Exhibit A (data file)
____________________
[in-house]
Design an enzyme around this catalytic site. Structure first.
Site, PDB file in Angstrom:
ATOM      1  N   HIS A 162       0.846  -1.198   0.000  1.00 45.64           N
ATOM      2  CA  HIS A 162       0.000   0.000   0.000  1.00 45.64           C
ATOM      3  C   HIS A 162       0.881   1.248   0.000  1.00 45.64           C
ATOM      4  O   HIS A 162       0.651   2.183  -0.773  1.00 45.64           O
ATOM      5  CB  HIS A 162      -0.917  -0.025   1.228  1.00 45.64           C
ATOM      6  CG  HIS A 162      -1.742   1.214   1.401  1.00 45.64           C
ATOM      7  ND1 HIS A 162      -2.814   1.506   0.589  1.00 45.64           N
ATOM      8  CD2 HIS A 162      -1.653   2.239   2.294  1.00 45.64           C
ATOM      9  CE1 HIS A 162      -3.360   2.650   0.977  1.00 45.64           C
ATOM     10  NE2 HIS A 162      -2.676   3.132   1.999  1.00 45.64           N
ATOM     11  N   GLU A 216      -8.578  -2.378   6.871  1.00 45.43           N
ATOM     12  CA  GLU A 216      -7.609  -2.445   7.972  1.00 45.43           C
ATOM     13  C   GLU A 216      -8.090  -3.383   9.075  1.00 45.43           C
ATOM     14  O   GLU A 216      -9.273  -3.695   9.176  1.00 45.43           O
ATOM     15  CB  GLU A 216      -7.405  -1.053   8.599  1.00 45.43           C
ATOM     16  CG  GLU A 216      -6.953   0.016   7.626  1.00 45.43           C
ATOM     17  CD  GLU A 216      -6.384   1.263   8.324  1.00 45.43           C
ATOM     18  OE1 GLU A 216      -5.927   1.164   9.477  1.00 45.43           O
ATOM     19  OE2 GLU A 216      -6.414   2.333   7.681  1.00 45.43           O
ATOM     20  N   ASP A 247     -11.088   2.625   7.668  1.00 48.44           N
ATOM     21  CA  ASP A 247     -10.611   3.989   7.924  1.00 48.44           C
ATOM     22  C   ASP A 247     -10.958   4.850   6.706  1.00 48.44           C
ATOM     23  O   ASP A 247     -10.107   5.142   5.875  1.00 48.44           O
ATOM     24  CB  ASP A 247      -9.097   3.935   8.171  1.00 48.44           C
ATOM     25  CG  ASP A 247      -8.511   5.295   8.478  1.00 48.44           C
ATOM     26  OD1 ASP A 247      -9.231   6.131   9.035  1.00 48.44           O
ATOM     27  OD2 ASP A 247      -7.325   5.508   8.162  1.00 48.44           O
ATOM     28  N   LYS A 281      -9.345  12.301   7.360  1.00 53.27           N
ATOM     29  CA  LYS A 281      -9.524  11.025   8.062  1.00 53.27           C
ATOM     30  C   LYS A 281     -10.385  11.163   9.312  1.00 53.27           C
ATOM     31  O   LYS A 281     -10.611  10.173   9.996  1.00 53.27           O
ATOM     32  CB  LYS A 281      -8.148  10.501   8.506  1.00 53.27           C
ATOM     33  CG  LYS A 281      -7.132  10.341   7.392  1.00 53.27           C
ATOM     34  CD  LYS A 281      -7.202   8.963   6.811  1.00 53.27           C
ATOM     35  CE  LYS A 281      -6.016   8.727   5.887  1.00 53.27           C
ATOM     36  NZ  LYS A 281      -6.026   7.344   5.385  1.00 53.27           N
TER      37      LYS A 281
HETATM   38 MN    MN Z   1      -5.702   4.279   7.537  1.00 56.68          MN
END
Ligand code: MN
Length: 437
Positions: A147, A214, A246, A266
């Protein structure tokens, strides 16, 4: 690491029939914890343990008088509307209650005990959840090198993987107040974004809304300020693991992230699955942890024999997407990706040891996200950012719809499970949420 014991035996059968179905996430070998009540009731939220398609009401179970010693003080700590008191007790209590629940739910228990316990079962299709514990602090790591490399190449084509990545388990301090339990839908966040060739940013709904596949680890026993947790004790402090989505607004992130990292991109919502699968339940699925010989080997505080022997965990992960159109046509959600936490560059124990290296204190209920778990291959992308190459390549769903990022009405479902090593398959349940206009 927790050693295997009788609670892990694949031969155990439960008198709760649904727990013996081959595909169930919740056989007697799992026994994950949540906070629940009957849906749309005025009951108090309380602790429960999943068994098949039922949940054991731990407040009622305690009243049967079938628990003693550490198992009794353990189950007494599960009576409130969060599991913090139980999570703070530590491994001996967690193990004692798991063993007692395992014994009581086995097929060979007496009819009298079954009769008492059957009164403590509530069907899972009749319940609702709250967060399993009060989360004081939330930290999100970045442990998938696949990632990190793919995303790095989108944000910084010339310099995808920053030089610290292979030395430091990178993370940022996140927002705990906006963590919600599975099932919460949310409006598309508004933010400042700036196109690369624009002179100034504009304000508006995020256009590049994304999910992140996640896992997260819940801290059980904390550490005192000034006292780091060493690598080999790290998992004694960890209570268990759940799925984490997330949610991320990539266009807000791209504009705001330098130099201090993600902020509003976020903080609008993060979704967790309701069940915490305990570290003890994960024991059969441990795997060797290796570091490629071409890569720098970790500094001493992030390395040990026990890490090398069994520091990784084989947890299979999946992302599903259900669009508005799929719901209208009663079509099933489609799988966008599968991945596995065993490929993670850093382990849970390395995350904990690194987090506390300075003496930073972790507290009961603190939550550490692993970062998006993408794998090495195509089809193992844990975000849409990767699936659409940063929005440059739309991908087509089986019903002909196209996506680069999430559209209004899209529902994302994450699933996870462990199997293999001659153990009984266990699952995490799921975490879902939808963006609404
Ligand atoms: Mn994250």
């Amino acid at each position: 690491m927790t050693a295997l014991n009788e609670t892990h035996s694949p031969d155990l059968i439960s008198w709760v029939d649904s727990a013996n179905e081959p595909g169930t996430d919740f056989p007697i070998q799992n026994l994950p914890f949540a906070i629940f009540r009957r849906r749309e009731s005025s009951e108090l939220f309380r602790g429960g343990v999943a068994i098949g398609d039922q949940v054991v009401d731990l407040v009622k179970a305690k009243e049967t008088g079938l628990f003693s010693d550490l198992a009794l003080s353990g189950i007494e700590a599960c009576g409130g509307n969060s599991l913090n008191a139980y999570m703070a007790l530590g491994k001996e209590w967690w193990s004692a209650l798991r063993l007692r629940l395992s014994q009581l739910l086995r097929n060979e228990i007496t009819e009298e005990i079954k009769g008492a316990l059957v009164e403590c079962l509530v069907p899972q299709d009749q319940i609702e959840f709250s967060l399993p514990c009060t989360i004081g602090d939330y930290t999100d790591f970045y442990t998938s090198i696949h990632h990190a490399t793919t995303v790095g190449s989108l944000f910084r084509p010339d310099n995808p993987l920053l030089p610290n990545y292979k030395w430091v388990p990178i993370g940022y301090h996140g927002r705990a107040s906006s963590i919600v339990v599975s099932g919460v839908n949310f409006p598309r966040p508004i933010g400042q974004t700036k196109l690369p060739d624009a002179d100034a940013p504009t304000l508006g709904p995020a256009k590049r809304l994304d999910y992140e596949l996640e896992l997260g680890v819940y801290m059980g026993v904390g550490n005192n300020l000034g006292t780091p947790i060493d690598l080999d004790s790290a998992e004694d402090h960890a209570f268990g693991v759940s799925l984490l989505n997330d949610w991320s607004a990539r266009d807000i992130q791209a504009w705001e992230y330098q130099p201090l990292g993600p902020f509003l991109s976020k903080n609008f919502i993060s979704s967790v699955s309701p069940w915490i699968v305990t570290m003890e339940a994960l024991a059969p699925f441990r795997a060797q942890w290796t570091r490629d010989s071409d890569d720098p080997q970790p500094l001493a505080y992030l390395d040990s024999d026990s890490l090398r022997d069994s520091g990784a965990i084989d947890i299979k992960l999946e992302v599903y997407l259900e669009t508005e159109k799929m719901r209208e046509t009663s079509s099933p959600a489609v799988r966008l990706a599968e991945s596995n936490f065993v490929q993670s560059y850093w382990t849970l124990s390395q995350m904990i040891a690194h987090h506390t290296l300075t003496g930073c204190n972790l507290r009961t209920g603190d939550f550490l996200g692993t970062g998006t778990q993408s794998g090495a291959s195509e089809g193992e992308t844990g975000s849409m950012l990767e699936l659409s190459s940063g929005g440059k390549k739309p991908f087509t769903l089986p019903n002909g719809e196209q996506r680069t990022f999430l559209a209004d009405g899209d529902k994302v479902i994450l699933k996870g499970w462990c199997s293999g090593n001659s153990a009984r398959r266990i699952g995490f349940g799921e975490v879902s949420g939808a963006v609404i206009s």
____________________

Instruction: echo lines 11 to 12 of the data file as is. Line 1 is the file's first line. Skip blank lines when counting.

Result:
ATOM      8  CD2 HIS A 162      -1.653   2.239   2.294  1.00 45.64           C
ATOM      9  CE1 HIS A 162      -3.360   2.650   0.977  1.00 45.64           C